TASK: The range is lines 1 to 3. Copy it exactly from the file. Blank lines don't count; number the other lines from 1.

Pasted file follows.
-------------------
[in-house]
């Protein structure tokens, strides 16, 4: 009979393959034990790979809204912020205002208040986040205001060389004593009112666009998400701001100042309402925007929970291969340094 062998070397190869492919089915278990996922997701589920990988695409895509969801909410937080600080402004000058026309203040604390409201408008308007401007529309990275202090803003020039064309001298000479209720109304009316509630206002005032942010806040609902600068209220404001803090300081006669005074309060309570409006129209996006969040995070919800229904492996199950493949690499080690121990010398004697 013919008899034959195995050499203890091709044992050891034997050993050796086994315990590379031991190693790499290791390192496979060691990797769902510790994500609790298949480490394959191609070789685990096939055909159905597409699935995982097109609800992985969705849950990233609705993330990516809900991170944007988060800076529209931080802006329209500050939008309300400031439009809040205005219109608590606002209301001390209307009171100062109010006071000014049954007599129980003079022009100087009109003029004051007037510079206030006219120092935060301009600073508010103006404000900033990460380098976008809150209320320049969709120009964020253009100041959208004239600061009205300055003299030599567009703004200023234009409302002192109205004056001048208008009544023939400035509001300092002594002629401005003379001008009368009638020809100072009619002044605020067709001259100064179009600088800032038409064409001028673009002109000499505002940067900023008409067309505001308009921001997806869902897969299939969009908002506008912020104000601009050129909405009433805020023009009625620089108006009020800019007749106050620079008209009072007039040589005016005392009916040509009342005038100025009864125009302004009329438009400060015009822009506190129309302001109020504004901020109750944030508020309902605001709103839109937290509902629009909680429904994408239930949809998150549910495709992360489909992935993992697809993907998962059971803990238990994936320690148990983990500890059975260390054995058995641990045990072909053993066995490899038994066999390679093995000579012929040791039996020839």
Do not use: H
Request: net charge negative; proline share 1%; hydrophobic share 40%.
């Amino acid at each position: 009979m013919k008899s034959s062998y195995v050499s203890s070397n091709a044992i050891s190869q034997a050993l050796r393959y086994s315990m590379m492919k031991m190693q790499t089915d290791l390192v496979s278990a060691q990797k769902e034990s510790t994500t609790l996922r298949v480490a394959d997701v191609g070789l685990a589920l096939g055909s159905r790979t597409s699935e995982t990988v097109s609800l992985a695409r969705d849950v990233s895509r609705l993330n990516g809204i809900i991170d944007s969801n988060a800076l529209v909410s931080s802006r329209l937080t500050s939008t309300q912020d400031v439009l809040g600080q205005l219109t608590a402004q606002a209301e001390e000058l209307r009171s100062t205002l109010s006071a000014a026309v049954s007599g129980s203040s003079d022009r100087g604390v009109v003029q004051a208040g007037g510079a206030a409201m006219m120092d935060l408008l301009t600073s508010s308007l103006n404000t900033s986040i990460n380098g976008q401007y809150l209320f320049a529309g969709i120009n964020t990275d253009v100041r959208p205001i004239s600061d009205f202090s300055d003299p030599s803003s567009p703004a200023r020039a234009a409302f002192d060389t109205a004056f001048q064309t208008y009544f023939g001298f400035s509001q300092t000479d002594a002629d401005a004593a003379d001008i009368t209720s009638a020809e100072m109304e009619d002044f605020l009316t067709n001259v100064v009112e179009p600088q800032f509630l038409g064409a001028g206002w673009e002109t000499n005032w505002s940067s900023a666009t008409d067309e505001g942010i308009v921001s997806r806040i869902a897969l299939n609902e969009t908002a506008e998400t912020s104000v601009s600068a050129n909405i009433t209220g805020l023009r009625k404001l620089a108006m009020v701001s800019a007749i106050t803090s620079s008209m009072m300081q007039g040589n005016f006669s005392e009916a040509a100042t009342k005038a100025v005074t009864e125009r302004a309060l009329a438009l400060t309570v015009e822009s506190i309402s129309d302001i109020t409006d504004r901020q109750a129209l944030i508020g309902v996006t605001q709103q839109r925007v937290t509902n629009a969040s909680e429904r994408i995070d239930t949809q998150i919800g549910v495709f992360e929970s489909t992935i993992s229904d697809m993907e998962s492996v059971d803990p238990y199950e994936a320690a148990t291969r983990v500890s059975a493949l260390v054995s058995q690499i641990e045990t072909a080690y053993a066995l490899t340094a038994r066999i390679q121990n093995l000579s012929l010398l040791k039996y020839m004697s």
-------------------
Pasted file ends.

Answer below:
[in-house]
């Protein structure tokens, strides 16, 4: 009979393959034990790979809204912020205002208040986040205001060389004593009112666009998400701001100042309402925007929970291969340094 062998070397190869492919089915278990996922997701589920990988695409895509969801909410937080600080402004000058026309203040604390409201408008308007401007529309990275202090803003020039064309001298000479209720109304009316509630206002005032942010806040609902600068209220404001803090300081006669005074309060309570409006129209996006969040995070919800229904492996199950493949690499080690121990010398004697 013919008899034959195995050499203890091709044992050891034997050993050796086994315990590379031991190693790499290791390192496979060691990797769902510790994500609790298949480490394959191609070789685990096939055909159905597409699935995982097109609800992985969705849950990233609705993330990516809900991170944007988060800076529209931080802006329209500050939008309300400031439009809040205005219109608590606002209301001390209307009171100062109010006071000014049954007599129980003079022009100087009109003029004051007037510079206030006219120092935060301009600073508010103006404000900033990460380098976008809150209320320049969709120009964020253009100041959208004239600061009205300055003299030599567009703004200023234009409302002192109205004056001048208008009544023939400035509001300092002594002629401005003379001008009368009638020809100072009619002044605020067709001259100064179009600088800032038409064409001028673009002109000499505002940067900023008409067309505001308009921001997806869902897969299939969009908002506008912020104000601009050129909405009433805020023009009625620089108006009020800019007749106050620079008209009072007039040589005016005392009916040509009342005038100025009864125009302004009329438009400060015009822009506190129309302001109020504004901020109750944030508020309902605001709103839109937290509902629009909680429904994408239930949809998150549910495709992360489909992935993992697809993907998962059971803990238990994936320690148990983990500890059975260390054995058995641990045990072909053993066995490899038994066999390679093995000579012929040791039996020839």
Do not use: H